The birds are singing. Winter's here,
The age of sleep, the age of death,
But sleep denies me, and awake
I brace the spectre of my breath
Before it melts into obscurity.
Though the waking hands of ice
Freeze my eyelids, I, unblinking,
See the grass, beneath the snowflakes, sinking
As I gaze unwavering to the south
Wishing she was here to catch them in her mouth.
The birds are singing. This is thought
And this is reason from the trees
For they are dead, and tempt me not:
What was once a thing forbidden
In the soil implants its seeds
And cannot grow for being hidden.
The flowers hoist their necks above the surface
To unimaginable heights, and loom
Over all sense of past and purpose,
But frost is dry, and cannot bloom.
Once I held the height of glory
Ascending story upon story
To the rain that filled the brook;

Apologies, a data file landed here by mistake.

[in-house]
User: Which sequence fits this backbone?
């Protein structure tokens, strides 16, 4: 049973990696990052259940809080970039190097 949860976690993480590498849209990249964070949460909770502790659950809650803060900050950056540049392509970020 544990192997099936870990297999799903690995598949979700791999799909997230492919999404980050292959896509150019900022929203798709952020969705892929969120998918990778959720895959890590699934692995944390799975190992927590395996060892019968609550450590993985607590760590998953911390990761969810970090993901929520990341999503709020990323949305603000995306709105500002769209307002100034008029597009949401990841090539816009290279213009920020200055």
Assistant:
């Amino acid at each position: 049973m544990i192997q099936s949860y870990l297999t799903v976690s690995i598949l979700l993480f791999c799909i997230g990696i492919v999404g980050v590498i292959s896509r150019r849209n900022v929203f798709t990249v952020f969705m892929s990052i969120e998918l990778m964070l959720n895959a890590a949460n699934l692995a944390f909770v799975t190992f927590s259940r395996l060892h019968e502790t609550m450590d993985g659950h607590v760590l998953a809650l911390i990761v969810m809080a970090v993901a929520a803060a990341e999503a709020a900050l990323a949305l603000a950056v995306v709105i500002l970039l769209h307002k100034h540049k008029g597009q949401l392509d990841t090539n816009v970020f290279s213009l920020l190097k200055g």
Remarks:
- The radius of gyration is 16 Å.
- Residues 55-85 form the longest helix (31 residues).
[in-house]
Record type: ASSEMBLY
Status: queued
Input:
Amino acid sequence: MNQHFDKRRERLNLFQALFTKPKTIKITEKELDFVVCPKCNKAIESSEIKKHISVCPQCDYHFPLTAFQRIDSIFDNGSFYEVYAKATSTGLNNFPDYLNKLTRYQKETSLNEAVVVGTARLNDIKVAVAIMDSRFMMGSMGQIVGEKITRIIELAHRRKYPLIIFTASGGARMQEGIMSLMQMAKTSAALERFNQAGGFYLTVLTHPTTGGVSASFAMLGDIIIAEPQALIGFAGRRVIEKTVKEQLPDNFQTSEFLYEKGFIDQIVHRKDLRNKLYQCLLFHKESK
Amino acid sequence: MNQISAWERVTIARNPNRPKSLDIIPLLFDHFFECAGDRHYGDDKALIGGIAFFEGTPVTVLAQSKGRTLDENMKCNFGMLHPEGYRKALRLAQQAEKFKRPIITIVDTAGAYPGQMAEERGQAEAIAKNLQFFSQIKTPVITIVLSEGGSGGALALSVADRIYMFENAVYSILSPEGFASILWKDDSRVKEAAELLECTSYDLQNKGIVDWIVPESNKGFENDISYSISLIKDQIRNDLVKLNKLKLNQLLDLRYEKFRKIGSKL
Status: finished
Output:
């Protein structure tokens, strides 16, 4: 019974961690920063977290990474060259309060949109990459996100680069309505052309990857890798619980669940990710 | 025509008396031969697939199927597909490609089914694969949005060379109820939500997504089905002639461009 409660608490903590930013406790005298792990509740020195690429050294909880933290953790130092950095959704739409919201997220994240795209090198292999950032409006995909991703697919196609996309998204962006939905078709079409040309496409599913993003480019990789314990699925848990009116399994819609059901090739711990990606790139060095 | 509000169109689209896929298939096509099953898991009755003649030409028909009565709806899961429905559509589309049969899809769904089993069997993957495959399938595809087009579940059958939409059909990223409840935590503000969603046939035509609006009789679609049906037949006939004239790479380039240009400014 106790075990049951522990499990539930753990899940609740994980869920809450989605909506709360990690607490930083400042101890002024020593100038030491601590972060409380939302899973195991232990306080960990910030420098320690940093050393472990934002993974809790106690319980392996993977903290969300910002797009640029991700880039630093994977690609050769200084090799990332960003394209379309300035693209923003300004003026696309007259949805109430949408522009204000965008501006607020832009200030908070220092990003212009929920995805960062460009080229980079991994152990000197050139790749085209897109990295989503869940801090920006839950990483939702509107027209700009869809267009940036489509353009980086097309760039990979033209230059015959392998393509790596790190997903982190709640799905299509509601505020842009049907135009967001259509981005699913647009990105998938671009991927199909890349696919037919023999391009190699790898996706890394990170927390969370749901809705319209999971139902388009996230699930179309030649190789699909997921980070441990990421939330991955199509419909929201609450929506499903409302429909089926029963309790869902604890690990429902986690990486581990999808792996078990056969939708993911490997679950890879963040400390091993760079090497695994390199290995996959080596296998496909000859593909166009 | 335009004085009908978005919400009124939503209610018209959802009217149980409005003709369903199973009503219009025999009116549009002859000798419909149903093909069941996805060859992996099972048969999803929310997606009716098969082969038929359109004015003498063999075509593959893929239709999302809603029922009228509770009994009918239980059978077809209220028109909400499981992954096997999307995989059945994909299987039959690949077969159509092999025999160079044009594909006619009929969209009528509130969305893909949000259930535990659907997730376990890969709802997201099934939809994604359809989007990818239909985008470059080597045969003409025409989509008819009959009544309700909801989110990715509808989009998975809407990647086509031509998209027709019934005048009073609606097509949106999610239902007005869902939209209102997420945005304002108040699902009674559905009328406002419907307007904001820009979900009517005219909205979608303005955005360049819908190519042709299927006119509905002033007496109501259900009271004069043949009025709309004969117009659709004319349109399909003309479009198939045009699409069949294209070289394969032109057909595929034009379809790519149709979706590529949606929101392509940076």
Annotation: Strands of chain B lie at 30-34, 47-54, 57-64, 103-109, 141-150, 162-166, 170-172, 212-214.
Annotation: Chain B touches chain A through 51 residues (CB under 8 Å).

The sky was overcast with grey,
When I turned my eyes to look.
Her golden rays had gone away
And there was only snow instead of rain.
For thirst, my eyes have often sought her,
Wishing snow could turn to water,
Wishing white could fill with colour,
That my breathing clouds of steam
Had the warmth to thaw the frozen stream.
Arizona! You could never love her.
Her warmth is wasted in a foreign land:
She suns its crags, and boils the sand
While, in the clutches of a chilling flurry
Brought upon by winter's hand,
I whisper to the shadows, hurry,
Hurry back to me from Arizona.
Thus the lilies in the stream
Have since been overlaid by rust,
My watercolour garden seems
As if it were reduced to dust---
There are but shapes and corners here
Shaded by uninspiring hues
That my weary eyes peruse.
Shackled so in winter's fetters,
I can only turn to reason
With the birds, who sing me letters
From another season.
Then the frost begins to glisten,
And to every note I listen,
That I sleep, and dream of Arizona.
[This message has been edited by Local Parasite (10-04-2004 08:37 PM).]